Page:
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A Tan And Sandy Silence, and The Long Lavender Look by John D McDonald

Much of a muchness 1
Travis McGee novels are all uniformly rather good; entertaining narratives, jovial floridity, good-old-fashioned misogyny, guns, birds, boats and booze. Sadly, when read one after the other, this means that such trivial little things as plots get hard to differentiate from each other. My mistake therefore has been to read these two contiguously with no other literary diversion in between, as I can now no longer remember what happens in each. For those who like that sort of thing, I will attempt a limited, non-spoiling plot summary but, understandably, this may become confused and disorientating, so be warned. One thing I will say before I begin such a fool’s errand is that contrary to my opening statement, the previous Trav narrative I read, which may or may not have been Dress Her In Indigo, was disappointing, and these two novels represent a welcome return to a more polished form of gruff and chivalric silliness.

Much of a muchness 2

Travis runs his big daft car off the road after nearly killing a half-naked lady whose husband comes aboard his boat to shoot him for stealing his wife from him even though she’s dead and a girl whose family are inbred weirdoes but whose brother is a Canadian tennis, skiing and law prodigy and also a psycho is impersonating her on a Caribbean island resort and bonking a sailor who is no match for Trav’s wily masculinity. Somewhere here the hirsute Meyer makes several appearances and gets bonked on the head / kidnapped before someone gets tar poured on them and dumped in a sinkhole. There’re some overly metaphorical sex scenes and Trav worries he’s losing his edge before realising a healthy respect for death and the limitations of one’s body and mind contribute to keeping one alive. Cue the drinking of Plymouth Gin.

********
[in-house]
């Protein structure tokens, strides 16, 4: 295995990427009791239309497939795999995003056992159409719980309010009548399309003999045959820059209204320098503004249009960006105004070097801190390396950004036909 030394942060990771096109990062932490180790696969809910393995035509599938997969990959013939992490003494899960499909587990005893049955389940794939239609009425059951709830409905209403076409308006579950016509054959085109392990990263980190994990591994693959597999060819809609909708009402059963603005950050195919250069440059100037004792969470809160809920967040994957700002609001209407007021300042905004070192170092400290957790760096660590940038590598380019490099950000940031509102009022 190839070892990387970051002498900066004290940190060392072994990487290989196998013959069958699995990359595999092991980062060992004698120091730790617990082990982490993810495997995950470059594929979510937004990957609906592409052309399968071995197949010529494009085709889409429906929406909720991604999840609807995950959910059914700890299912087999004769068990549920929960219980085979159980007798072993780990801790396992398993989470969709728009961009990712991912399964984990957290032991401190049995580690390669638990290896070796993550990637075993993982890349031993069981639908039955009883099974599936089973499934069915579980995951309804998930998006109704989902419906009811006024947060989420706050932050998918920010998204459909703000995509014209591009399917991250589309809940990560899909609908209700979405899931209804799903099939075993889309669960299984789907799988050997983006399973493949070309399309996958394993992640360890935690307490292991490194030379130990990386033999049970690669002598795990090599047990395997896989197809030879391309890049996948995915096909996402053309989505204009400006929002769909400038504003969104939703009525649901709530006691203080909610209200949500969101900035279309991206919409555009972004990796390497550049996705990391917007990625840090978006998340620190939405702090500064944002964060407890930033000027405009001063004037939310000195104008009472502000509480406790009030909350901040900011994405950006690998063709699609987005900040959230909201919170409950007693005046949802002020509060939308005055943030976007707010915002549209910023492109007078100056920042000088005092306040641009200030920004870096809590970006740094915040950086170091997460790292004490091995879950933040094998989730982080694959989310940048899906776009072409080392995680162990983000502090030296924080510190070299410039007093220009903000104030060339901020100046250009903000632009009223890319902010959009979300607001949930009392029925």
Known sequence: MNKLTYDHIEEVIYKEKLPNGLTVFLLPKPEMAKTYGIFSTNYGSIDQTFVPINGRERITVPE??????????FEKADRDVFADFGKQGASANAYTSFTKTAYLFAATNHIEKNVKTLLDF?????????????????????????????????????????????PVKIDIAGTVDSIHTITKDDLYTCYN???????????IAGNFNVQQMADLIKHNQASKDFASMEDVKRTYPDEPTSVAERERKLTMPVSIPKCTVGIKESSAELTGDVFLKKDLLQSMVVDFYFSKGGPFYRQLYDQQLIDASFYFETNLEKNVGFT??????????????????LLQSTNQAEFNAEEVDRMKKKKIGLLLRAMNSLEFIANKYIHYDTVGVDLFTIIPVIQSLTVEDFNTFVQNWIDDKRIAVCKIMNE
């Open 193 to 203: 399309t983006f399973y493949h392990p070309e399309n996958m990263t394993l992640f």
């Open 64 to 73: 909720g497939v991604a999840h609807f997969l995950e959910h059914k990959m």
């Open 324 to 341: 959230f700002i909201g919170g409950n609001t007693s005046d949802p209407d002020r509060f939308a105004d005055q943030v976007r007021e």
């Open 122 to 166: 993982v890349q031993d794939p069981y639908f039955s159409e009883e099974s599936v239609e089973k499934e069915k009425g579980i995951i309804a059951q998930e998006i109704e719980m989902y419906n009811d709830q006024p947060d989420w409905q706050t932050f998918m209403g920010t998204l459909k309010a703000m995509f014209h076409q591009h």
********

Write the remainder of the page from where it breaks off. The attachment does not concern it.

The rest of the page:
There are several notable and perhaps laudable things about the writing of John D MacDonald. Not least amongst them is his resistance to foul language – nary an S or F word to be found, and definitely no C-bombs – but also his reluctance to mention Vietnam, something that was probably at the forefront on the public consciousness at the time of writing (that and Capitalism).  Ecological concerns also get an occasional look-in, with musings on the consequences of the human stain. Violence is purely technical (how to chop someone’s Adam’s apple, how best to roll to avoid a left-handed shooter etc.) or described for the horrific brutality (including rare sexual violence but also casual slaps of the missus to keep her in line). And it’s all done with such rare elegance of language that it only ever feels dated when he overlooks logging-in to Facebook to check incriminating photographs or how someone’s identity holds up under scrutiny. I may be derisive in tone and content, but I do genuinely enjoy his novels, so much so that I dismantled a wedding breakfast centre-piece to steal a hard-back version of one of his 1959 hard-boiled novels A Deadly Welcome. If you’re after a better endorsement, consider this, from Kurt Vonnegut Jnr (who died this day – or maybe yesterday – back in 2007):
“To diggers a thousand years from now . . . the works of John D. MacDonald would be a treasure on the order of the tomb of Tutankhamen.”

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